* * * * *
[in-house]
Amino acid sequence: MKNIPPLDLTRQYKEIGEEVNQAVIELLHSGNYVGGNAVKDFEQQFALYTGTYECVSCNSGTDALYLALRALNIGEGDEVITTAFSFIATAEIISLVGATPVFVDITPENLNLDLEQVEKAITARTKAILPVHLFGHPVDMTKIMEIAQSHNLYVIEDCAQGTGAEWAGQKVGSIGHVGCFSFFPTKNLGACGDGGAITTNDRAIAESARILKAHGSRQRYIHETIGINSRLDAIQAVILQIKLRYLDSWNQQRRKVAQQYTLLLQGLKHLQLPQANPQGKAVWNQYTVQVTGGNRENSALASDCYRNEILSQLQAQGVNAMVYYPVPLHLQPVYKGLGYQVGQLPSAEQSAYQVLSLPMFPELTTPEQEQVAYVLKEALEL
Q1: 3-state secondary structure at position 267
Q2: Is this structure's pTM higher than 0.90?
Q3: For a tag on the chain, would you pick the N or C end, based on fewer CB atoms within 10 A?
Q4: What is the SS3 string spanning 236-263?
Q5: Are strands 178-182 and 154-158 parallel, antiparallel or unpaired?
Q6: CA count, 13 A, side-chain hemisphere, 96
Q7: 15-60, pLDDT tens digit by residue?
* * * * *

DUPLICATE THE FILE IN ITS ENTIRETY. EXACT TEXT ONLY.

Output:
[in-house]
Amino acid sequence: MKNIPPLDLTRQYKEIGEEVNQAVIELLHSGNYVGGNAVKDFEQQFALYTGTYECVSCNSGTDALYLALRALNIGEGDEVITTAFSFIATAEIISLVGATPVFVDITPENLNLDLEQVEKAITARTKAILPVHLFGHPVDMTKIMEIAQSHNLYVIEDCAQGTGAEWAGQKVGSIGHVGCFSFFPTKNLGACGDGGAITTNDRAIAESARILKAHGSRQRYIHETIGINSRLDAIQAVILQIKLRYLDSWNQQRRKVAQQYTLLLQGLKHLQLPQANPQGKAVWNQYTVQVTGGNRENSALASDCYRNEILSQLQAQGVNAMVYYPVPLHLQPVYKGLGYQVGQLPSAEQSAYQVLSLPMFPELTTPEQEQVAYVLKEALEL
Q1: 3-state secondary structure at position 267
Q2: Is this structure's pTM higher than 0.90?
Q3: For a tag on the chain, would you pick the N or C end, based on fewer CB atoms within 10 A?
Q4: What is the SS3 string spanning 236-263?
Q5: Are strands 178-182 and 154-158 parallel, antiparallel or unpaired?
Q6: CA count, 13 A, side-chain hemisphere, 96
Q7: 15-60, pLDDT tens digit by residue?